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Abbas election call leads to EU outbreak of head-scratching

If there's a method to the Palestinian president's madness of asking for public review of his rule, it's a mystery

“Never interrupt your enemy when he is making a mistake,” Napoleon Bonaparte once famously said.

The Hamas Leadership might not know the above quote, but they will certainly be rubbing their collective blood-soaked hands with glee at the frankly mind-boggling decision by Palestinian president Mahmoud Abbas to call municipal elections for October 8th in the West Bank.

It’s one of the strangest, head-scratching political moves that political geeks like us have witnessed in a long time. And judging on the number of conversations we have had with MEP offices, staffers and policy-makers here in Brussels since the end of the summer recess last week, you might think that the whole of the EU’s Middle East watchers have gone down with a collective epidemic of head lice.

You see, despite the recent fiasco over Brexit, it’s a commonly held and observed maxim here at the heart of the EU that most politicians call elections when they are reasonably certain of winning, and furthermore that you never ask the electorate a question unless you already know the answer. And it’s blindingly obvious to any observer of the conflict that Abbas’ popularity is at an all time low and that Palestinian opinion is deeply divided.

Of course, one could make the claim that this division is entirely of the president’s own making, having delivered next to nothing for the Palestinian population since the last elections, 10 years ago.

Using the crudest of political tactics, Mr Abbas’ strategy seems to have been one of wholly covering up widespread corruption and mismanagement of Palestinian government resources while focusing on fabricated stories of Israeli plans to take over the Temple Mount and a multitude of other conspiracies (remember the one before the summer when he told the European Parliament that rabbis had called for the Palestinian water supply to be poisoned?). All this was designed to incite the population and move their gaze away from Ramallah’s failures, towards laying blame for all Palestinian woes at the door of the Knesset.

Let’s also recap: the last time elections were called in 2006, Abbas was leaned on to hold them by the then President George W. Bush and Secretary of State Condoleezza Rice. Hamas’ decisive victory led to Abbas’ and Fatah’s eviction from Gaza, not to mention the ongoing stalling of peace talks between Israel and the Palestinian Authority leadership, despite repeated offers from Israel for unconditional dialogue at a time and place of Mr Abbas’ choosing.

So why call elections now? And without pressure? Abbas keeps repeating that the Palestinian people need democracy. But democracy and the violent fundamentalist Islam as espoused by Hamas, and also from his own side, seem to have a very hard time sharing the same political bed.

We all know that a Hamas victory in the West Bank would effectively end Palestinian hopes of statehood among international opinion-makers. It’s also a reasonable bet that the Palestinians may lose international support as well as from their traditional allies in Jordan, Egypt, and even Saudi Arabia.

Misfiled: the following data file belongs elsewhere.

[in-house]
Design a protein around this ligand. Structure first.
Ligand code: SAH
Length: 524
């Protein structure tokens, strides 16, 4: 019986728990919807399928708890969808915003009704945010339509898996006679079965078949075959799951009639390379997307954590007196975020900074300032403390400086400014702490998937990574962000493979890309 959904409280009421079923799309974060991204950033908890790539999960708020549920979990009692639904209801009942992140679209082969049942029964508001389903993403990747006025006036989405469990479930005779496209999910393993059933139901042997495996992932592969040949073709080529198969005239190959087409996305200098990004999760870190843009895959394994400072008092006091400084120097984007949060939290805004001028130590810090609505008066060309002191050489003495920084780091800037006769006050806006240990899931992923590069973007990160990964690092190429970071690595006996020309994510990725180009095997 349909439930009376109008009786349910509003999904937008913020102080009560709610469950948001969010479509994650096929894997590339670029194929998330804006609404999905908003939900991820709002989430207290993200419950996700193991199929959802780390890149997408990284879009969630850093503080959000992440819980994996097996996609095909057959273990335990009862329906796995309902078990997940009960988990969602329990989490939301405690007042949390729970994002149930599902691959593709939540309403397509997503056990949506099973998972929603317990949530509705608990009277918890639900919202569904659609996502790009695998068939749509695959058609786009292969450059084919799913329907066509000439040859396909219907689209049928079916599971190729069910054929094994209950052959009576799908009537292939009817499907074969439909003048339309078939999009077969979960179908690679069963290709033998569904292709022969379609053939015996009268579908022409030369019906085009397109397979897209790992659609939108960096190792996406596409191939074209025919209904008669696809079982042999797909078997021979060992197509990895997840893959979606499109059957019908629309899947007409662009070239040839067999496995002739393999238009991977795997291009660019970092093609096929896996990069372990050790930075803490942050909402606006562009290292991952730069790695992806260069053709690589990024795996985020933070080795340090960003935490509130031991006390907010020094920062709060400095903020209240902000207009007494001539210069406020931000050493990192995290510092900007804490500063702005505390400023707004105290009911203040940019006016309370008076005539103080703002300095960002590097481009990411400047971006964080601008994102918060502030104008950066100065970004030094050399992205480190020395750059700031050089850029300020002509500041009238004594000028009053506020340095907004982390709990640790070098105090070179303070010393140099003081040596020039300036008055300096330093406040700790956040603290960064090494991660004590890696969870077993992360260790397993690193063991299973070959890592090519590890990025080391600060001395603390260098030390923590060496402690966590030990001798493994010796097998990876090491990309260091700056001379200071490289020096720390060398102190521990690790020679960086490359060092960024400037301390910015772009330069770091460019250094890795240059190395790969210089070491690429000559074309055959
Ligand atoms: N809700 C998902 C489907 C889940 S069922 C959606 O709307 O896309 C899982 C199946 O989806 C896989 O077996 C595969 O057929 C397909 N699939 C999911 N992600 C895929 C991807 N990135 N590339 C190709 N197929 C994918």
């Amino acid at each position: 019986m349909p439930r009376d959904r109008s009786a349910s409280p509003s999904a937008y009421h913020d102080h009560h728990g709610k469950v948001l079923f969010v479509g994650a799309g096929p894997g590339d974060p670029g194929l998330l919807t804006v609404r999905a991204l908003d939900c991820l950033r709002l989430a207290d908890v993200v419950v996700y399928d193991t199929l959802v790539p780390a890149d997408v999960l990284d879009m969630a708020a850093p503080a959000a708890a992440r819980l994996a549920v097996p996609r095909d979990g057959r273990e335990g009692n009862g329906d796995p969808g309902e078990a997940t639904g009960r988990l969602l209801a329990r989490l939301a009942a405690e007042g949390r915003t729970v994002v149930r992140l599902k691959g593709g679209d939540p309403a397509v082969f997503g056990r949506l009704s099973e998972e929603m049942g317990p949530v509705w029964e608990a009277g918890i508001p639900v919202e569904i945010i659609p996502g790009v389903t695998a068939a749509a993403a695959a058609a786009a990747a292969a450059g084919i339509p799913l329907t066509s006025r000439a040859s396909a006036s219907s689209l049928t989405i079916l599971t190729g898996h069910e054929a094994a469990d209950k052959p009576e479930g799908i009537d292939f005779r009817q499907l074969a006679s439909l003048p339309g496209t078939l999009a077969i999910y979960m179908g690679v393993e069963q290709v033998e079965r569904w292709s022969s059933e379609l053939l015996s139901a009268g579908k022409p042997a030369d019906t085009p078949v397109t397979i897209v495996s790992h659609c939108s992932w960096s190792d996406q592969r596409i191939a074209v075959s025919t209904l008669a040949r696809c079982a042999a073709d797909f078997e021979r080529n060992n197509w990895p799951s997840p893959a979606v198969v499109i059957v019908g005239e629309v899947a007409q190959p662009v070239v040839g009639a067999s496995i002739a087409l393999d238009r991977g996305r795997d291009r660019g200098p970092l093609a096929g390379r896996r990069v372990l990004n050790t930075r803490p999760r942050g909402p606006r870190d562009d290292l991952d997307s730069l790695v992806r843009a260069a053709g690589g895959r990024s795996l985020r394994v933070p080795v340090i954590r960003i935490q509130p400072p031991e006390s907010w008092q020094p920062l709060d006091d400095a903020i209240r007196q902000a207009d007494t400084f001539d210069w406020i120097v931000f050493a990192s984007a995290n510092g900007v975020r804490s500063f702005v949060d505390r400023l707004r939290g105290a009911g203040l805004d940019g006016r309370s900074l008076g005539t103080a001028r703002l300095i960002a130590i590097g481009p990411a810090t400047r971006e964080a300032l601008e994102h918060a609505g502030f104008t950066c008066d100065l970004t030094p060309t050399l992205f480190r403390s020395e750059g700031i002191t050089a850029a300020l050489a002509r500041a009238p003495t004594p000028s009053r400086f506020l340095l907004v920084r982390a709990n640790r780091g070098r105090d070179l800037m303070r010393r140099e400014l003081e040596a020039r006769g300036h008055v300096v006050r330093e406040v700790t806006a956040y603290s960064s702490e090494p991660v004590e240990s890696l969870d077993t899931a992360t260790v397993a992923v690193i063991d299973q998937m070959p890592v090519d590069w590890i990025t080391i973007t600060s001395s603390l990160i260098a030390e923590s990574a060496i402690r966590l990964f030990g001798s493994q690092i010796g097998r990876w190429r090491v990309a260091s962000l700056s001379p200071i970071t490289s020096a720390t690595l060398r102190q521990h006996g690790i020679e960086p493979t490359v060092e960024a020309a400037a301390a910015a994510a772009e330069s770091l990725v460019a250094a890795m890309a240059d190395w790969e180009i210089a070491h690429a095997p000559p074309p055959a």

It’s either a deeply worrying move with no sense behind it at all, or Abbas is a strategic genius who knows something that his own people in Fatah — who stand to lose key positions — and the rest of the world don’t know.

The Machiavellians among us may be entertaining the possibility that this bizarre fit of pique is designed to extract maximum concessions from the EU and other world influencers in a bid to bolster his position. Already we are getting reports that the EU is seeking to work alongside the UN and the PA in bringing a case to the International Criminal Court in a bid to pressure Israel to end it’s “occupation.”

But then we also hear that there are no concrete plans from the EU to properly engage on the conflict until after the Paris initiative (widely perceived by many to be more for the optics than anything meaningful or tangible), and of course after the US elections in November.

In short, if this is Mr Abbas’ thinking, then it’s a hugely risky strategy.

The EU Institutions have previously welcomed Mr Abbas to Brussels with open arms. They gave him free reign to make his ludicrous anti-Israel assertions on the floor of the European Parliament Chamber and at joint, no-questions-please press-conferences.

But many within them are now openly beginning to question the logic of continuing to do business with a man apparently hell-bent on taking himself, and those around him in Fatah, over the edge of a political cliff.

Meantime, Hamas are Bonaparte-esque in their quiet. Not wanting to interrupt their political rival before they can announce “Checkmate.”

You will have to excuse me now. I’m off to get some scalp treatment.

About the Author
Alex Benjamin is the director of EIPA, a multi-disciplined pro-Israel advocacy Group based in Brussels, with offices in Paris and Berlin. He is also the Director of Public Affairs for EJA: European Jewish Association, a Brussels based NGO which represents and acts on behalf of Jewish communities across the EU and wider European continent, at the heart of the European Institutions and at bilateral level with Member States.
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